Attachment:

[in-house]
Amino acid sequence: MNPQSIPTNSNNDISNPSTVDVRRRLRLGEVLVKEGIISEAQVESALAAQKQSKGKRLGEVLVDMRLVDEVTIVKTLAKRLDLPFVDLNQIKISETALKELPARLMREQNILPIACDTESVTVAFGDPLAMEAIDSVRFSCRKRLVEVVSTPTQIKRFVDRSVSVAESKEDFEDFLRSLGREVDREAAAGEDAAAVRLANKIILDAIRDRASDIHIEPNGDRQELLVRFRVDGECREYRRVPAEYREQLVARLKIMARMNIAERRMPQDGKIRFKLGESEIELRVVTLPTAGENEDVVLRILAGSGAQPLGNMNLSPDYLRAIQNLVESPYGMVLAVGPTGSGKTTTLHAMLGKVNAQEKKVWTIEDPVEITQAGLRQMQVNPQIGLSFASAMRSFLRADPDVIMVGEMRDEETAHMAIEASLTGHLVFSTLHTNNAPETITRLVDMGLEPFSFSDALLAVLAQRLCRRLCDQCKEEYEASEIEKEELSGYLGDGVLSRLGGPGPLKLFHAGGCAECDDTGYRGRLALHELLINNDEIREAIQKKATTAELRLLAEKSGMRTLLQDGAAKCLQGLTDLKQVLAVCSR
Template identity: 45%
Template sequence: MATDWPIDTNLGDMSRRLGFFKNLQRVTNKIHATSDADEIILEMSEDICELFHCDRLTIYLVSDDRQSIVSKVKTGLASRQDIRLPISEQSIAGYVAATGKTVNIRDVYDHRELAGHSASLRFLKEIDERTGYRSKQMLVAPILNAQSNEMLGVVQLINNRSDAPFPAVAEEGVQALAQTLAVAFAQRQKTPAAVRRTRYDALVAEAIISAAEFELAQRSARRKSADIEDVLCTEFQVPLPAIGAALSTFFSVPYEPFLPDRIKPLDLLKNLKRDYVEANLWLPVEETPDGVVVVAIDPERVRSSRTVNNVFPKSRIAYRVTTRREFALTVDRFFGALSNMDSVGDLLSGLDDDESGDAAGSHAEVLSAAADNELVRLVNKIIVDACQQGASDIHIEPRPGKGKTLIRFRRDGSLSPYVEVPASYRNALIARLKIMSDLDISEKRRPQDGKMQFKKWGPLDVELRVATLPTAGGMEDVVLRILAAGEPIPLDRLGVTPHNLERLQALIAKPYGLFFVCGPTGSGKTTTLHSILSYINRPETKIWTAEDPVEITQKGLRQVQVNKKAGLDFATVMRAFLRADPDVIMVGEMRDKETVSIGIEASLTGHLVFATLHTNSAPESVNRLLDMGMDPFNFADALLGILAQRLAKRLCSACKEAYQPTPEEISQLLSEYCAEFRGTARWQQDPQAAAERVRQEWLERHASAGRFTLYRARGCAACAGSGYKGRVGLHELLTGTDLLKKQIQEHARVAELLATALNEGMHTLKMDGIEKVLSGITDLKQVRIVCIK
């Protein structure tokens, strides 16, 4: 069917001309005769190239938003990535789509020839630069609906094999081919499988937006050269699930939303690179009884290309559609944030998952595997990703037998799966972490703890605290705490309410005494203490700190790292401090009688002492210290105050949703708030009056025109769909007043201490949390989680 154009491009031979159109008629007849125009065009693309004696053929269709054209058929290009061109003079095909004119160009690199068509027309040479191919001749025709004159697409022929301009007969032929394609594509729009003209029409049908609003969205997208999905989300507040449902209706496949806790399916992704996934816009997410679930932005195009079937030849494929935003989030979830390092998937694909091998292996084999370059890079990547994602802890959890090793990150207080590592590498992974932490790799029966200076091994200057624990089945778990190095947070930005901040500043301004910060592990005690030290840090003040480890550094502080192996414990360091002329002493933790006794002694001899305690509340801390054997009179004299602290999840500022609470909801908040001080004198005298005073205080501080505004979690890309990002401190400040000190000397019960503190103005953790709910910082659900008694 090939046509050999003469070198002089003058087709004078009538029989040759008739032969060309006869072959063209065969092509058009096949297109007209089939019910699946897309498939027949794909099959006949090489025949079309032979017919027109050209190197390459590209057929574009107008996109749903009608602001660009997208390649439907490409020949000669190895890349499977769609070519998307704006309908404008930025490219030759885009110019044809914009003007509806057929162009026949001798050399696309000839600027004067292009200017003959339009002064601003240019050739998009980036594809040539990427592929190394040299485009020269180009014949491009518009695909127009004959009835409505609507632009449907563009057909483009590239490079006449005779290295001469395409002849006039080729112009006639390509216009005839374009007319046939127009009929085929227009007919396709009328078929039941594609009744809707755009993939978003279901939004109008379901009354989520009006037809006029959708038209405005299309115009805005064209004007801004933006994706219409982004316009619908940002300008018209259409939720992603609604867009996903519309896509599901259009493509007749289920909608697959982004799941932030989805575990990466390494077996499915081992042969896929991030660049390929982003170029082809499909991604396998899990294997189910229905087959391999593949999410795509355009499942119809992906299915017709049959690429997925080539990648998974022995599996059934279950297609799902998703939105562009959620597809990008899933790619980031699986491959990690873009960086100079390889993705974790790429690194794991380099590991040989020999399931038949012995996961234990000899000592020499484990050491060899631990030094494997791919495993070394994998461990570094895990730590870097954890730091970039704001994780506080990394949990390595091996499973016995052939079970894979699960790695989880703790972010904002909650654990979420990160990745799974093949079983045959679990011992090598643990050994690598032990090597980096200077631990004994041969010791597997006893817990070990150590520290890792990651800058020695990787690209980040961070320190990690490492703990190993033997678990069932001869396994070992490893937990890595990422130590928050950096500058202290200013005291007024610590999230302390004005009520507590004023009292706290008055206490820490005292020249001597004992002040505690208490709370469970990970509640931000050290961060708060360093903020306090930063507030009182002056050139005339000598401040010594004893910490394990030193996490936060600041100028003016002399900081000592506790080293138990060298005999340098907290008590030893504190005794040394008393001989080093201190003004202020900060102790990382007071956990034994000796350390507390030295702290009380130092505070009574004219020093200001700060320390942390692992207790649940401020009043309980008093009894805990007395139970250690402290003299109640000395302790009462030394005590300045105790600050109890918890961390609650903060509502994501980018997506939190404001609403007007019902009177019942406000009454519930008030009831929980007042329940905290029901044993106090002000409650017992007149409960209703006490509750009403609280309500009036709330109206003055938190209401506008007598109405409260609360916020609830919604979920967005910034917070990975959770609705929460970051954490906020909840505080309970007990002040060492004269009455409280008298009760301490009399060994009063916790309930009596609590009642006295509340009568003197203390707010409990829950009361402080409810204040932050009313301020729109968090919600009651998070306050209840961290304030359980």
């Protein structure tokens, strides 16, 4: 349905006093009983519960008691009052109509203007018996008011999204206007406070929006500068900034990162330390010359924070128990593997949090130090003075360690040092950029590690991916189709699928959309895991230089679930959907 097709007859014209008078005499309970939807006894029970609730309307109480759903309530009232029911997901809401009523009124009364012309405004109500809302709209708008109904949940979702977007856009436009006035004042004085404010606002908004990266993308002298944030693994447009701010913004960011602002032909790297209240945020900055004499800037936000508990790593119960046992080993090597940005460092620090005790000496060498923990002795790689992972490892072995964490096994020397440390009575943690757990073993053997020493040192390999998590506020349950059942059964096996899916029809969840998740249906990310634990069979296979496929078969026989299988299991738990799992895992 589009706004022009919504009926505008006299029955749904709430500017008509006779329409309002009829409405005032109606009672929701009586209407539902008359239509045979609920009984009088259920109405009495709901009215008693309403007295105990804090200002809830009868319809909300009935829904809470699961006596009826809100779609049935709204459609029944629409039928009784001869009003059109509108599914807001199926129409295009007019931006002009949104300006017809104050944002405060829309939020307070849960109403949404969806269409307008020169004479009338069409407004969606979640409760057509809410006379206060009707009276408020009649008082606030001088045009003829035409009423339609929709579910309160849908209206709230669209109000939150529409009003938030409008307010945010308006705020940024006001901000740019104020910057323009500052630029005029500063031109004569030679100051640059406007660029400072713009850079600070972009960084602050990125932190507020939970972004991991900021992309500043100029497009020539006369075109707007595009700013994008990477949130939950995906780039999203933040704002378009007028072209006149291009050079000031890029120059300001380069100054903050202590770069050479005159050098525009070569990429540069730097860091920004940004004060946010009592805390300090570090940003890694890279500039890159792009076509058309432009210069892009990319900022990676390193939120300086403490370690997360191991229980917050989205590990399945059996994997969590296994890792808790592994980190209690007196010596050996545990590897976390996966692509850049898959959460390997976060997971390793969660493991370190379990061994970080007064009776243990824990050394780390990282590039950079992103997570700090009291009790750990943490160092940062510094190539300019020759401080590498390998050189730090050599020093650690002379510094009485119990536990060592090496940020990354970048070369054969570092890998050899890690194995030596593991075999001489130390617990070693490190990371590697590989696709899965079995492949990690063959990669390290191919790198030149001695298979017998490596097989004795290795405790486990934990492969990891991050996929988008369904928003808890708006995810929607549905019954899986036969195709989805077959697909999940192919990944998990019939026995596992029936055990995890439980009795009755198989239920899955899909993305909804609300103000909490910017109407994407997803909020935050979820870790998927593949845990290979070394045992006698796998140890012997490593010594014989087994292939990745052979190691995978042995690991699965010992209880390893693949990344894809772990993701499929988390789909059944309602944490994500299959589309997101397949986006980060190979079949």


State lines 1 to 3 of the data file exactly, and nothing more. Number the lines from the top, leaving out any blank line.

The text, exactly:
[in-house]
Amino acid sequence: MNPQSIPTNSNNDISNPSTVDVRRRLRLGEVLVKEGIISEAQVESALAAQKQSKGKRLGEVLVDMRLVDEVTIVKTLAKRLDLPFVDLNQIKISETALKELPARLMREQNILPIACDTESVTVAFGDPLAMEAIDSVRFSCRKRLVEVVSTPTQIKRFVDRSVSVAESKEDFEDFLRSLGREVDREAAAGEDAAAVRLANKIILDAIRDRASDIHIEPNGDRQELLVRFRVDGECREYRRVPAEYREQLVARLKIMARMNIAERRMPQDGKIRFKLGESEIELRVVTLPTAGENEDVVLRILAGSGAQPLGNMNLSPDYLRAIQNLVESPYGMVLAVGPTGSGKTTTLHAMLGKVNAQEKKVWTIEDPVEITQAGLRQMQVNPQIGLSFASAMRSFLRADPDVIMVGEMRDEETAHMAIEASLTGHLVFSTLHTNNAPETITRLVDMGLEPFSFSDALLAVLAQRLCRRLCDQCKEEYEASEIEKEELSGYLGDGVLSRLGGPGPLKLFHAGGCAECDDTGYRGRLALHELLINNDEIREAIQKKATTAELRLLAEKSGMRTLLQDGAAKCLQGLTDLKQVLAVCSR
Template identity: 45%